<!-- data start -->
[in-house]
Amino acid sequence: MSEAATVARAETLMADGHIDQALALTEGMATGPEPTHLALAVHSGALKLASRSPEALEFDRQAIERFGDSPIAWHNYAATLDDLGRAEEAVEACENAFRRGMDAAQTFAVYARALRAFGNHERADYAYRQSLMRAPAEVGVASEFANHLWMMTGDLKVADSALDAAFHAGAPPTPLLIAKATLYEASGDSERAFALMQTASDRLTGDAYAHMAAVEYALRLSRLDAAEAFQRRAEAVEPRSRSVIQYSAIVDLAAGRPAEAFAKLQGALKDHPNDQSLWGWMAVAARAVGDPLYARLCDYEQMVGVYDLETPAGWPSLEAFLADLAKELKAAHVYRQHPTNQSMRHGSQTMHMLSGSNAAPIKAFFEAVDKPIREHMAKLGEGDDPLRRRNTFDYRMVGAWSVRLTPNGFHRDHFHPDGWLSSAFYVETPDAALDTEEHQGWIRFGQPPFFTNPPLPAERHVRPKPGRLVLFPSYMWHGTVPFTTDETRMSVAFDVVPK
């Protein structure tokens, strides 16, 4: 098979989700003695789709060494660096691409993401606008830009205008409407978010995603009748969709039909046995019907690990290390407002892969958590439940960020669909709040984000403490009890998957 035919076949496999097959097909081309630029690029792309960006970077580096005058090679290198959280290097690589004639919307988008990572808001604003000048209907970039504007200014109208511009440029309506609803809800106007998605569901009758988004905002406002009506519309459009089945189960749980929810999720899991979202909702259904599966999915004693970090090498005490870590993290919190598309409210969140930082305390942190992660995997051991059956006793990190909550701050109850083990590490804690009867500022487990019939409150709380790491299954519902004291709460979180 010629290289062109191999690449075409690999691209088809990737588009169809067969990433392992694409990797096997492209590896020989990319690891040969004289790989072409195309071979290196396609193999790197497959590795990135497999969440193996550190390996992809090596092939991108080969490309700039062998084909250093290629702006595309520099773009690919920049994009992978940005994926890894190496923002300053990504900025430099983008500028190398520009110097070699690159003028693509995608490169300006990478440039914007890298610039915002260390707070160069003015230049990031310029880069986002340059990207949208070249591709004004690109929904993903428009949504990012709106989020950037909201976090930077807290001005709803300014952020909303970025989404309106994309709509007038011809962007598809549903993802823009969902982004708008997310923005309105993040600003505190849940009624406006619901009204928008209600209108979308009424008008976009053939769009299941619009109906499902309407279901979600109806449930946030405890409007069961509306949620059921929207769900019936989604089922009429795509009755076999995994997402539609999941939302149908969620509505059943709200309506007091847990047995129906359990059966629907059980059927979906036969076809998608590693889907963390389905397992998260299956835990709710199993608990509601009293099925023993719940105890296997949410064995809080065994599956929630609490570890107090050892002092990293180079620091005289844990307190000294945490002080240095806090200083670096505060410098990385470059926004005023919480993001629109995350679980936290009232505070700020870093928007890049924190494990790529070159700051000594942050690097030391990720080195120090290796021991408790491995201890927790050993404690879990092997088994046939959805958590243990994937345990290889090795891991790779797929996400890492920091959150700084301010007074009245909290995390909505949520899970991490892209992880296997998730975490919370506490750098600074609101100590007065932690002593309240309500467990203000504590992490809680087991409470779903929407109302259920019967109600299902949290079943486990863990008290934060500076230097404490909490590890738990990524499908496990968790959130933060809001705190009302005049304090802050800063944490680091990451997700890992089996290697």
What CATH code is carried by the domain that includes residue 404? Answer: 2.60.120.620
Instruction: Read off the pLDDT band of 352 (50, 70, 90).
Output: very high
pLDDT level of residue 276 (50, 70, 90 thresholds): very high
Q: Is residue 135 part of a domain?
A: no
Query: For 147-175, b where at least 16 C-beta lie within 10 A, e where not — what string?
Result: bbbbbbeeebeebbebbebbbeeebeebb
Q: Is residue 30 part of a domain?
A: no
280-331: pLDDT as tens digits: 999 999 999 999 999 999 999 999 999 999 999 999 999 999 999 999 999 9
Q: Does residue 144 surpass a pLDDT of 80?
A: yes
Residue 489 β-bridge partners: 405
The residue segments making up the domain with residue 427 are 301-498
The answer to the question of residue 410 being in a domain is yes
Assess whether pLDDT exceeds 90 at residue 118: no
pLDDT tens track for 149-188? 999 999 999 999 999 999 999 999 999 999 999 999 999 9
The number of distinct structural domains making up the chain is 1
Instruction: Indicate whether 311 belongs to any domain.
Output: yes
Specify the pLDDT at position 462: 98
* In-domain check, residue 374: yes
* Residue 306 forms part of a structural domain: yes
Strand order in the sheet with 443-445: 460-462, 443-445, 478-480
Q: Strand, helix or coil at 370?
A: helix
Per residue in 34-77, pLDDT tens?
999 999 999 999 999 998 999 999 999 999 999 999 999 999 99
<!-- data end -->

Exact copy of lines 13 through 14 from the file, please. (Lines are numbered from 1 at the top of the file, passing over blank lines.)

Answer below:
A: no
280-331: pLDDT as tens digits: 999 999 999 999 999 999 999 999 999 999 999 999 999 999 999 999 999 9